In the five years since Cassini released images of a bizarre ridge encircling the equator of Saturn's moon Iapetus, astronomers have struggled for an explanation.
But now a team has proposed that the ridge - some 12 miles high and 62 miles wide - was caused by a massive impact. They suggest that at one time Iapetus itself had a moon, created by a giant impact with another big body. But the moon's orbit, they say, would have decayed because of tidal interactions with Iapetus.
At some point, the tidal forces would have torn the sub-satellite apart, forming a ring of debris that would eventually slam into the moon near its equator.
"Imagine all of these particles coming down horizontally across the equatorial surface at about 400 meters per second, the speed of a rifle bullet, one after the other, like frozen baseballs," says William B McKinnon of Washington University.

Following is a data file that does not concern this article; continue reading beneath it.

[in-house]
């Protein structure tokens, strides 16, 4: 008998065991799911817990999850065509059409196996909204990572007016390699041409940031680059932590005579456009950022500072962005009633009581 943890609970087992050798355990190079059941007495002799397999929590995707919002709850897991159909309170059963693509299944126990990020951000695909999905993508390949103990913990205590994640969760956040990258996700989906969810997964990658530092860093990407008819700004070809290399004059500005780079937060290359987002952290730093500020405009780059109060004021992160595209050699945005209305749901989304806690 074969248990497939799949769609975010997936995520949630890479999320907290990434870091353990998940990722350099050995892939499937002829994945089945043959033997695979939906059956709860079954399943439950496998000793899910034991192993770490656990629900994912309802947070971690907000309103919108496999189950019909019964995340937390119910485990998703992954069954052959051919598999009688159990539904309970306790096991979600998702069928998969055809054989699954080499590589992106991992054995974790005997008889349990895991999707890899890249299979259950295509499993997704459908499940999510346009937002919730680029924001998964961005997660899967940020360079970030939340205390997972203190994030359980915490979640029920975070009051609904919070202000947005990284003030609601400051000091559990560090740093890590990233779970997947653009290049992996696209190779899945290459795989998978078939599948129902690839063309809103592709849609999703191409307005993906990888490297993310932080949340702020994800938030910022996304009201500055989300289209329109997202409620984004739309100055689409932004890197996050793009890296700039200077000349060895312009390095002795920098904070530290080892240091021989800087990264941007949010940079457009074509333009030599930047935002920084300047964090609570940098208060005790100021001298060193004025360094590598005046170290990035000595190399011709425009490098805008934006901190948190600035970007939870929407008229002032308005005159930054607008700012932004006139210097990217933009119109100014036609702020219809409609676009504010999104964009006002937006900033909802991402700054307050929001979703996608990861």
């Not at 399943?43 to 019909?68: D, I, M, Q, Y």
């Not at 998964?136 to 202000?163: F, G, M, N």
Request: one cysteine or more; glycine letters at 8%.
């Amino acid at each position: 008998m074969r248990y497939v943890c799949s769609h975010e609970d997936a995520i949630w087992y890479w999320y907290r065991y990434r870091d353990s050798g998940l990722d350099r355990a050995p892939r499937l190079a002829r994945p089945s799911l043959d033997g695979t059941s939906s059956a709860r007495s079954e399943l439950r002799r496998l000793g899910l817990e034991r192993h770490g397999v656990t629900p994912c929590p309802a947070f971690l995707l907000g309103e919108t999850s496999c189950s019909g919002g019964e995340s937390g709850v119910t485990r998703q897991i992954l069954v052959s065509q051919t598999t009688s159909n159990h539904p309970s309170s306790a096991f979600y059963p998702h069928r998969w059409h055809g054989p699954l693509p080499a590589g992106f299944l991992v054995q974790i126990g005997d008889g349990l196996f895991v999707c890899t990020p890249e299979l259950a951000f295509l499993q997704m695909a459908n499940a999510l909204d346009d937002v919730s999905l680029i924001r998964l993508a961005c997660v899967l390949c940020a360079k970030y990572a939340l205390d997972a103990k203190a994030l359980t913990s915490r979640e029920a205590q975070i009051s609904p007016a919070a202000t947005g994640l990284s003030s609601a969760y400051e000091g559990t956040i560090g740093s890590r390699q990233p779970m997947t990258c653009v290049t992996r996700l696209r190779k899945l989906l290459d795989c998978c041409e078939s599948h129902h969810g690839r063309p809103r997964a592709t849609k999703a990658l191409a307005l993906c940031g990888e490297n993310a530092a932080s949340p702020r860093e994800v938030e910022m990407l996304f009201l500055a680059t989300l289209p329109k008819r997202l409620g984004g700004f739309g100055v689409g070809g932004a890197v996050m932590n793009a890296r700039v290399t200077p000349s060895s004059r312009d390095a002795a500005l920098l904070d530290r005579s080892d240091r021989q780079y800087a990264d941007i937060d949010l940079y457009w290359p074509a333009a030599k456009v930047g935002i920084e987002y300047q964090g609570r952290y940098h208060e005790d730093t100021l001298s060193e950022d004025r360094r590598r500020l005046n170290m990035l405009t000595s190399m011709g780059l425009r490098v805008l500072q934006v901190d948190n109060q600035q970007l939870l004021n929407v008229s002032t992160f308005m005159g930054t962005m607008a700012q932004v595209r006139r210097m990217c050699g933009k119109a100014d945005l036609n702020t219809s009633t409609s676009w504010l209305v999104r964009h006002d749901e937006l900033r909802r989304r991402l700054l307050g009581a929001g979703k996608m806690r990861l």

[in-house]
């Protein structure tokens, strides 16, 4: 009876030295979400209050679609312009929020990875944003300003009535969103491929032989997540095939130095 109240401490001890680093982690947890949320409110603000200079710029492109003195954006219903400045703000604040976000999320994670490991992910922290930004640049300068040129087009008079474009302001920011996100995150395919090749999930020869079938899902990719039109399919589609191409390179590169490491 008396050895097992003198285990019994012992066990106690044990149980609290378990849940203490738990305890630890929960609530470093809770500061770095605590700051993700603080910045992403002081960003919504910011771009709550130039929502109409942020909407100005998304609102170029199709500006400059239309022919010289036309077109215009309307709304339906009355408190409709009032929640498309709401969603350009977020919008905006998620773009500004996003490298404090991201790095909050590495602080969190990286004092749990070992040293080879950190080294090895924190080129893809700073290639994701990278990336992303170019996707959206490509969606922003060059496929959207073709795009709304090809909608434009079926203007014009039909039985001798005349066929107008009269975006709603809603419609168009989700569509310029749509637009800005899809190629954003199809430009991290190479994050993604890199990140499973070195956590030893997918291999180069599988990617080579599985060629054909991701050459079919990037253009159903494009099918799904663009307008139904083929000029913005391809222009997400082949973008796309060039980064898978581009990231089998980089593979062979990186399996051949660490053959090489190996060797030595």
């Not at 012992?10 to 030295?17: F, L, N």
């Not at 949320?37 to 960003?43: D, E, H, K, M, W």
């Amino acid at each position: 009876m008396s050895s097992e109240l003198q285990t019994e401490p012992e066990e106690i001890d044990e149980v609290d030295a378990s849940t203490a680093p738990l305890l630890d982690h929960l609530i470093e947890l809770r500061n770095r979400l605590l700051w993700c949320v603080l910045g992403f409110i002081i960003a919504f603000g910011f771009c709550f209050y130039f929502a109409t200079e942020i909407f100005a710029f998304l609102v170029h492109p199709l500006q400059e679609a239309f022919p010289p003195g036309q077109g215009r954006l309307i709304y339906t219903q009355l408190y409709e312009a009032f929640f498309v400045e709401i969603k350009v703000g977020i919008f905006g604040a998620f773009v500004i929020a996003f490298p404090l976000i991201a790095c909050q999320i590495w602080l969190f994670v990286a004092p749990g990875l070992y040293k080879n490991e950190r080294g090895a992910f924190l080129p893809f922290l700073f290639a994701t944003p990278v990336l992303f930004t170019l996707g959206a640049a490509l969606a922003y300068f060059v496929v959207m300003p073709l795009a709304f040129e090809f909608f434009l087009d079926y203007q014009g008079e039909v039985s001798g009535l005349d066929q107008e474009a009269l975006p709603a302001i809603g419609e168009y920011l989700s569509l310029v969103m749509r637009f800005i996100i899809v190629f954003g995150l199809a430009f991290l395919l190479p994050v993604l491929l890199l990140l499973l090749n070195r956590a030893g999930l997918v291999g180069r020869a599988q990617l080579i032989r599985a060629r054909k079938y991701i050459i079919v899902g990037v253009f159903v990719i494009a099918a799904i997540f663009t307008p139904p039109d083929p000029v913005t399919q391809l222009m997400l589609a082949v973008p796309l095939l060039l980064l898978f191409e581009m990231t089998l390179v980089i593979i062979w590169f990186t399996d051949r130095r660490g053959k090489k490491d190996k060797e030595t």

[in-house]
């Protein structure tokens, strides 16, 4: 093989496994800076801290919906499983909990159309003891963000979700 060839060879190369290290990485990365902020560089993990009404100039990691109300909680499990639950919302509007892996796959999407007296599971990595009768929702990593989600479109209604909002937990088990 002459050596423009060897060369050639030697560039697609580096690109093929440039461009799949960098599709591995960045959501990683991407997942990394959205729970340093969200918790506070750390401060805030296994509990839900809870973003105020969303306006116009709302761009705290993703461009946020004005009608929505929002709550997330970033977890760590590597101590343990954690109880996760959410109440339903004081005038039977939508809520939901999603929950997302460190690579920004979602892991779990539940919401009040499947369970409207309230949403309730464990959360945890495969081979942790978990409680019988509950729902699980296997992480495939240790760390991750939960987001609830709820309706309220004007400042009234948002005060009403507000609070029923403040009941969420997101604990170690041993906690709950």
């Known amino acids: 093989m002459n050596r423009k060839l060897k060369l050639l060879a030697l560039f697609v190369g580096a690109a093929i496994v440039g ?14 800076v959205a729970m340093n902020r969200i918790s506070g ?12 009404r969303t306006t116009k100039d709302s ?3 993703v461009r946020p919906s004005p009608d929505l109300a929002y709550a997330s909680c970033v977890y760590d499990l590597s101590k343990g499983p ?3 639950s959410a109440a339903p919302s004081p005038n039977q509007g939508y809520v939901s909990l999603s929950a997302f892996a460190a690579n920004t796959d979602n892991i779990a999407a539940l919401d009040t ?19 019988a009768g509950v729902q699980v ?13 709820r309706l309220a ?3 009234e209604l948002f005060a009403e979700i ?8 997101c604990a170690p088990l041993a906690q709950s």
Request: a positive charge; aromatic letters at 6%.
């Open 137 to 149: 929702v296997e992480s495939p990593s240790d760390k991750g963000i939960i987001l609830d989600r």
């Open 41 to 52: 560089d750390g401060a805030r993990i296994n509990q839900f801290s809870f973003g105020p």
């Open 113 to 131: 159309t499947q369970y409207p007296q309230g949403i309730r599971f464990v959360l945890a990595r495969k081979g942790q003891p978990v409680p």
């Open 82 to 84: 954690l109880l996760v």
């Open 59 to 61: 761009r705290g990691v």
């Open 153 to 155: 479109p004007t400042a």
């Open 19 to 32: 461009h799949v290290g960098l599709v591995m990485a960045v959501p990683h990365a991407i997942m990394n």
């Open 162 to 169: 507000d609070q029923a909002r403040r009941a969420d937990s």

"Particles would impact one by one, over and over again on the equatorial line. At first the debris would have made holes to form a groove that eventually filled up."
The team says they have a lot of corroborating calculations that demonstrate that this is a plausible idea, and now plan rigorous simulations to show the process in action.
"Some people have proposed that the ridge might have been caused by a string of volcanic eruptions, or maybe it's a set of faults," McKinnon notes. "But to align it all perfectly like that — there is just no similar example in the solar system to point to such a thing."
Andrew Dombard of the University of Illinois says that Iapetus's Hill sphere — the zone close to an astronomical body where the body's gravity dominates satellites — is far bigger than that of any other major satellite in the outer solar system, explaining why Iapetus is the only body known to have such a ridge.
"Only Iapetus could have had the orbital space for the sub-satellite to then evolve and come down toward its surface and break up and supply the ridge," he says.